Two North Carolina charter schools in danger of not getting approval to open in 2016 are cutting their ties to a management company which has schools in Florida being investigated for allegations of grade tampering.
The questions surrounding Newpoint Education Partners caused the State Board of Education earlier this month to refer Pine Springs Preparatory Academy in Wake County and Cape Fear Preparatory Academy in New Hanover County to an advisory board for further review. Both schools have since submitted letters announcing they’re severing relations with Newpoint, according to Adam Levinson, interim head of the state Office of Charter Schools.
Levinson said Helen Nance, chairwoman of the Charter School Advisory Board, has created a subcommittee to review the revised applications both schools will submit. The advisory board will vote in July whether to recommend the schools to the state Board.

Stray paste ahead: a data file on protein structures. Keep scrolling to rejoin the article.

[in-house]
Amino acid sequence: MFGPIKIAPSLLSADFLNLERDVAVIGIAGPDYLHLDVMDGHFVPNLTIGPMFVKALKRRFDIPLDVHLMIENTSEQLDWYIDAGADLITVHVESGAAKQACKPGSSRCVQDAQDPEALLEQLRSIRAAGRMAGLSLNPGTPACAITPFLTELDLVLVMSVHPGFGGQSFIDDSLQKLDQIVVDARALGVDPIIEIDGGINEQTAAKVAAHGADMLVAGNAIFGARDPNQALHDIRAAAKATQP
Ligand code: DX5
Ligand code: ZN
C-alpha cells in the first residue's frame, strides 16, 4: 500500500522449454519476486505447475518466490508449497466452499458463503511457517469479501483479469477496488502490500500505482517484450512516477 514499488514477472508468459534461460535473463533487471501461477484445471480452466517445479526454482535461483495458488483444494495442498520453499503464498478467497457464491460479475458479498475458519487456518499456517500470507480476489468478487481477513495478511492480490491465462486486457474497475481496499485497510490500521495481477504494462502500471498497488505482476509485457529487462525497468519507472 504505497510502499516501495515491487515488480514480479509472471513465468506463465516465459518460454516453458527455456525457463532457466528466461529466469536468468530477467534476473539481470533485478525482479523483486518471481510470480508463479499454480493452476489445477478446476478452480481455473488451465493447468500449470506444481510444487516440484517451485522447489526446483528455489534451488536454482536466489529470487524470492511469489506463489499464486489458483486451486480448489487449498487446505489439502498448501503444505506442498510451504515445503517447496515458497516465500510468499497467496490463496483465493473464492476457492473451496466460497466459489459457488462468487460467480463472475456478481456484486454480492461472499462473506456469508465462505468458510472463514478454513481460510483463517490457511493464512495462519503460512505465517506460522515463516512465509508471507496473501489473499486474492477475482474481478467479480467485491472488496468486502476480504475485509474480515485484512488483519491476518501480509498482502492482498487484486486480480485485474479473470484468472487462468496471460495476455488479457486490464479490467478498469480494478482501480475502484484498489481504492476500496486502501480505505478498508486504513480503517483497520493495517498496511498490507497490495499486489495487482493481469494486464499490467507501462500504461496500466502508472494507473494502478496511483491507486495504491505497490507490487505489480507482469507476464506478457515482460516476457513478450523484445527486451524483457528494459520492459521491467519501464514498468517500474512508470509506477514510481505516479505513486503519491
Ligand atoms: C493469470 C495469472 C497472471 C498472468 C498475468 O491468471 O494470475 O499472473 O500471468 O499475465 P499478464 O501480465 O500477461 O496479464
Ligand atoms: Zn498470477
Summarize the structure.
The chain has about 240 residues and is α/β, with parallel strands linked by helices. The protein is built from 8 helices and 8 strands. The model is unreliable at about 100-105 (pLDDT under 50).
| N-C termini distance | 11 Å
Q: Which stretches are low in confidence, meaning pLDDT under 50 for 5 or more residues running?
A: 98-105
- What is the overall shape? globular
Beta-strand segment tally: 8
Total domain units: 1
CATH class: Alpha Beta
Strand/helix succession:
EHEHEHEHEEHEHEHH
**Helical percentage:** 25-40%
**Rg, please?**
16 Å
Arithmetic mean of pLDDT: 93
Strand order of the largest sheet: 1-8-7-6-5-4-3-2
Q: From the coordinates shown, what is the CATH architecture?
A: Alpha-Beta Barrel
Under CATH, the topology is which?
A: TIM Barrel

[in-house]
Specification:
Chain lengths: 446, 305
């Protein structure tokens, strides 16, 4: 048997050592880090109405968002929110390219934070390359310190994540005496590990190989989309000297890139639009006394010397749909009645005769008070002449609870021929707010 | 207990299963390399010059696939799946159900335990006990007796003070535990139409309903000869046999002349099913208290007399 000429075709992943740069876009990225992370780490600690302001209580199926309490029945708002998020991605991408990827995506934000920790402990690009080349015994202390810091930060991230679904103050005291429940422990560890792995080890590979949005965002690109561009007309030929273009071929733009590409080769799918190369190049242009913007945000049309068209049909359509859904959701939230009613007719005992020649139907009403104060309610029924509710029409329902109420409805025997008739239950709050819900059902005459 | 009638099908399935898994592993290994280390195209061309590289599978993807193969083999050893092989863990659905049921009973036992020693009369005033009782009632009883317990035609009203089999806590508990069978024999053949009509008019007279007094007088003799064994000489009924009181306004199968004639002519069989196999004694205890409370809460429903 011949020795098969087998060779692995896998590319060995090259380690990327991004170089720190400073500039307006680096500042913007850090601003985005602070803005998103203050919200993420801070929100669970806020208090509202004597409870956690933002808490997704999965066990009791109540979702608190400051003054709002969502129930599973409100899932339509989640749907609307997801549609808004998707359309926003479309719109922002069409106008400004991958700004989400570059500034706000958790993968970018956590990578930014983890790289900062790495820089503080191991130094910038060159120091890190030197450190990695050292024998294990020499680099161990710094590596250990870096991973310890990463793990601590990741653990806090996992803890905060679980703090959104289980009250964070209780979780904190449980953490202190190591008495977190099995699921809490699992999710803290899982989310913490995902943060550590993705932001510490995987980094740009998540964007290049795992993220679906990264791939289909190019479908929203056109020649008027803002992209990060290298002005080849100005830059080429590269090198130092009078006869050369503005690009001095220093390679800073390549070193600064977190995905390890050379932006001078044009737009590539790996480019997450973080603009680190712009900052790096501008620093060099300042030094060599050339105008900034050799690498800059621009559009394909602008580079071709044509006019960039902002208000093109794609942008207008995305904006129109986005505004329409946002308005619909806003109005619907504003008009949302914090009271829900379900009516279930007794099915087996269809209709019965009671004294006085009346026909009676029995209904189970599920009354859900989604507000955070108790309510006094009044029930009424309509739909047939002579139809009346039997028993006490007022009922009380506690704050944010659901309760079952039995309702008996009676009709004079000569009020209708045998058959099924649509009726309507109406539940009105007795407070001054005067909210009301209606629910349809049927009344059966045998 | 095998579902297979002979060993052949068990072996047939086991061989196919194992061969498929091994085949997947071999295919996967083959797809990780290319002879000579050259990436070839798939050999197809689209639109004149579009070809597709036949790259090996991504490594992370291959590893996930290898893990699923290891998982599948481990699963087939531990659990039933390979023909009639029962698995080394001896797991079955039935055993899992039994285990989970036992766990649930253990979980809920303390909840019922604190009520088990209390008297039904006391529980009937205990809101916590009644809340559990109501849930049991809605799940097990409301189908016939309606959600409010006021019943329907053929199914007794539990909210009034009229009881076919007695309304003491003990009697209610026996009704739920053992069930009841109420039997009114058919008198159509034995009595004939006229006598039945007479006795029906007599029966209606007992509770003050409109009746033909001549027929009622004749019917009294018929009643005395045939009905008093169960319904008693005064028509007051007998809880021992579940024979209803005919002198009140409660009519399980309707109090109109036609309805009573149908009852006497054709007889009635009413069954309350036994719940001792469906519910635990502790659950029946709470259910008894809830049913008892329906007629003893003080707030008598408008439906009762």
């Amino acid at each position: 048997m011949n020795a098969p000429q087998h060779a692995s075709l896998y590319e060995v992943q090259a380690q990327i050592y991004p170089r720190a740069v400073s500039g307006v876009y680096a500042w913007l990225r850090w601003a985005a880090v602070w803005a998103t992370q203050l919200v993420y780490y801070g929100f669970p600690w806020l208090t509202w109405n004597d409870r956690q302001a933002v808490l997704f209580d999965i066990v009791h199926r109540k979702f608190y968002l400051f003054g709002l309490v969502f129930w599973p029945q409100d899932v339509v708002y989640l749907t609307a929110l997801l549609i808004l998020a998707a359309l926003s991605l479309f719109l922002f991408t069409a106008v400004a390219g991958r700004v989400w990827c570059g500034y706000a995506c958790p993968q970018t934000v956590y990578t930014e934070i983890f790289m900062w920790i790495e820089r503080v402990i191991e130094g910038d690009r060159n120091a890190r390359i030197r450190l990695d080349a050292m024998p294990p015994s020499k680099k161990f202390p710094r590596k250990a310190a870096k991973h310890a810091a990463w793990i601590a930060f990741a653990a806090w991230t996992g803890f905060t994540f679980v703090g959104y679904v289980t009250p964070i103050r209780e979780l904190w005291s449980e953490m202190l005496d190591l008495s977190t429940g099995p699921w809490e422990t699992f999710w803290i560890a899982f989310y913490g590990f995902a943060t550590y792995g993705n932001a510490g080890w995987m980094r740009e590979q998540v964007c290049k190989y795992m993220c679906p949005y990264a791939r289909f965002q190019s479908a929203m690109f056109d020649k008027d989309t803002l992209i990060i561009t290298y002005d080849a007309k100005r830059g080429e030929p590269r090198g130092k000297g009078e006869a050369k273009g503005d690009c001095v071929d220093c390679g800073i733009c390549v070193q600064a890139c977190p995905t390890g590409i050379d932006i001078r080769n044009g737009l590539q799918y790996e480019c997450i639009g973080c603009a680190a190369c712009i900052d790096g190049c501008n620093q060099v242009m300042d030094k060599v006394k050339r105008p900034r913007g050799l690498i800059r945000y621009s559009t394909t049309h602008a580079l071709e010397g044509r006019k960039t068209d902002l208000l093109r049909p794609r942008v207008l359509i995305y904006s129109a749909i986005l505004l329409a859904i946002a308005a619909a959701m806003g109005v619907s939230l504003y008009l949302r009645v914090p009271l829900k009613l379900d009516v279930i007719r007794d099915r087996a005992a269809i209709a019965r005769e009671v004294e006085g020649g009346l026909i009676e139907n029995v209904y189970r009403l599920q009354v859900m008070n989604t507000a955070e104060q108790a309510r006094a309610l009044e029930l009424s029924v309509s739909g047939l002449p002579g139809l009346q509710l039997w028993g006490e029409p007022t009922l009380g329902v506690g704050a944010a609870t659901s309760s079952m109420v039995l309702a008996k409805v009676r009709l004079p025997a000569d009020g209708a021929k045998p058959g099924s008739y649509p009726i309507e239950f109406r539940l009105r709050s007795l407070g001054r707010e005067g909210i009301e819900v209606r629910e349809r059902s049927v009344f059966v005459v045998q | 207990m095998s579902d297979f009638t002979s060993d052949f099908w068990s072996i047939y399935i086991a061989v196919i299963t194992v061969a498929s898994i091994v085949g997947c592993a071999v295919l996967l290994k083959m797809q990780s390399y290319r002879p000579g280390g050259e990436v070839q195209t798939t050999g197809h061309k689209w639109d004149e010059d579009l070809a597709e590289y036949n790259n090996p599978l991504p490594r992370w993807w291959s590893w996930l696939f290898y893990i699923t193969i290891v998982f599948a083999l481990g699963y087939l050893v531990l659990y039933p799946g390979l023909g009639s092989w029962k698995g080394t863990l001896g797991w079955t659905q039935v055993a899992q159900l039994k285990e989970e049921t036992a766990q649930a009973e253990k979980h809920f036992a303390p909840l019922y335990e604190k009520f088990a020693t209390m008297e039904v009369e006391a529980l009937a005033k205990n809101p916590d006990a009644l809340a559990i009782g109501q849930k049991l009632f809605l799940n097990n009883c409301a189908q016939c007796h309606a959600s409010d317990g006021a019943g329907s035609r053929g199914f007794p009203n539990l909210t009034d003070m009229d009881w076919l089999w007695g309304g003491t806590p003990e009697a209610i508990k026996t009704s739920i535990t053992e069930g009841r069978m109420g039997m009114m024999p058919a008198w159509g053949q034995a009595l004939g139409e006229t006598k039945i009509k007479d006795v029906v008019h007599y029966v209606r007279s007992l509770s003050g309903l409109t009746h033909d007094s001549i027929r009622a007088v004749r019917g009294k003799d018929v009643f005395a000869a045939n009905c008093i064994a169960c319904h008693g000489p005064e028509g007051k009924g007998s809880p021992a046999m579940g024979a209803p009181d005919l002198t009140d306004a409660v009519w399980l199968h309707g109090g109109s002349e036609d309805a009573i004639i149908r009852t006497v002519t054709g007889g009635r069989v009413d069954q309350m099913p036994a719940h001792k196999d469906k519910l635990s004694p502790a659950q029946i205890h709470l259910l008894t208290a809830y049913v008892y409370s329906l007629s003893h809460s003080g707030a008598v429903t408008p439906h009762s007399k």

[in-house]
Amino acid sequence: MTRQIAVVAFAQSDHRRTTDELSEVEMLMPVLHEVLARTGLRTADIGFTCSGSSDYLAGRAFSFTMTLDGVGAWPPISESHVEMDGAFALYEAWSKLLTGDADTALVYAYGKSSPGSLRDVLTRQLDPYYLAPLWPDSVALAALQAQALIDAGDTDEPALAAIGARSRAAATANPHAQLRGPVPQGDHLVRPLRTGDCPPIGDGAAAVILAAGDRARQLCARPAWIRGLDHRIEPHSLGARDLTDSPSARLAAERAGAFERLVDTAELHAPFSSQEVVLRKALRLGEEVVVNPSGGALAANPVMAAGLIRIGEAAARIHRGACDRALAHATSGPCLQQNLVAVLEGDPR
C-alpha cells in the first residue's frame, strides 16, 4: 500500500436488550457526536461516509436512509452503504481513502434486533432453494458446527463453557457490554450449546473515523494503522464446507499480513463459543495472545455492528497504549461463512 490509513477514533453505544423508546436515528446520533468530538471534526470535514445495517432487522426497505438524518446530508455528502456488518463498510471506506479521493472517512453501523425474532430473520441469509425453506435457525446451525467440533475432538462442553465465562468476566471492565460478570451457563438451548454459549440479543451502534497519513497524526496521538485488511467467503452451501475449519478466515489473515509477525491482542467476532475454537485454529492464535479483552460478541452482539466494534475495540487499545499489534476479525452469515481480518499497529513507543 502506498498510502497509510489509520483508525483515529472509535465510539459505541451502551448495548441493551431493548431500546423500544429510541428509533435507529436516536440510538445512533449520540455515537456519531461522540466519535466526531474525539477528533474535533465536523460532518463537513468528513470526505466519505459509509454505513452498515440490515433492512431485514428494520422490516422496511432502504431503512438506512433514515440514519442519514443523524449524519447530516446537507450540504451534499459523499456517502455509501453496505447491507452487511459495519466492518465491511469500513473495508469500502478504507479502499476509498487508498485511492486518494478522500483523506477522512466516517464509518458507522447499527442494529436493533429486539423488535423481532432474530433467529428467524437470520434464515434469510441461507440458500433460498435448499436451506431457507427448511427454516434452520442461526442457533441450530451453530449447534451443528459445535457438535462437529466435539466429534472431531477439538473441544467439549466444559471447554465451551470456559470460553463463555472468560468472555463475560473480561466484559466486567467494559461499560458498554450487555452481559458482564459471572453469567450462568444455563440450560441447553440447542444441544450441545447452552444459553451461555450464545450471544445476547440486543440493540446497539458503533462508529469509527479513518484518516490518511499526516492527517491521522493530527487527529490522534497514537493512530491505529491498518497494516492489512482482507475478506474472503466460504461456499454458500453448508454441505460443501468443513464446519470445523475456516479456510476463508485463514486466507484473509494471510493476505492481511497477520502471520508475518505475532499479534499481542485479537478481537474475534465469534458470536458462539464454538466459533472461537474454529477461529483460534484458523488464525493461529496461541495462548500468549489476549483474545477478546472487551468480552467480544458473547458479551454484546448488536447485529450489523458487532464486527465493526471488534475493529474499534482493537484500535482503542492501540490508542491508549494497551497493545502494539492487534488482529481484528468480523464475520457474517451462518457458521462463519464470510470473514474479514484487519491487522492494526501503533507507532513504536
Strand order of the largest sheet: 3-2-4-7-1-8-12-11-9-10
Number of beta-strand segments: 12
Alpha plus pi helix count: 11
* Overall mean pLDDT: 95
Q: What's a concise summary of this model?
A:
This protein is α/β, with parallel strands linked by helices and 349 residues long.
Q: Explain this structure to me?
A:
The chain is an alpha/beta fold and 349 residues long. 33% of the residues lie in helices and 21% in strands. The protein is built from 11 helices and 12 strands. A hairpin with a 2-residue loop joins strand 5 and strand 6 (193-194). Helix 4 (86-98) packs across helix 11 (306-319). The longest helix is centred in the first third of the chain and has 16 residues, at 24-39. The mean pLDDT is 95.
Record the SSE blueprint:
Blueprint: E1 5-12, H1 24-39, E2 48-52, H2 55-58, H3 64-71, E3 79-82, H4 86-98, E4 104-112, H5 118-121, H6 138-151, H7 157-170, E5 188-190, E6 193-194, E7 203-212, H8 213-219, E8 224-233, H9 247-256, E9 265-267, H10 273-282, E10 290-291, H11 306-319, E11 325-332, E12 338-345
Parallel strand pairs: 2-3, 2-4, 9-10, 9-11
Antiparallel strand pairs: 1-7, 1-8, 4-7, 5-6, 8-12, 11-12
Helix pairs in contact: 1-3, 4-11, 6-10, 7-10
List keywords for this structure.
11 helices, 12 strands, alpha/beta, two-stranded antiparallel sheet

On June 4, the state Board also referred Capital City Charter High School in Wake County and Unity Classical Charter School in Mecklenburg County to the advisory board, but for different reasons than Pine Springs and Cape Fear.
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Levinson said Capital City withdrew its application. But he said the advisory board, after reviewing Unity’s budget information, recommended Tuesday that the school get approval to open in 2016. The state Board will consider the recommendation in August.
Charter schools receive tax money but are exempt from some regulations traditional public schools must follow. There are 146 open now in North Carolina, with 15 more slated to open in August. The State Board gave initial approval this month for 12 new charter schools to open in 2016.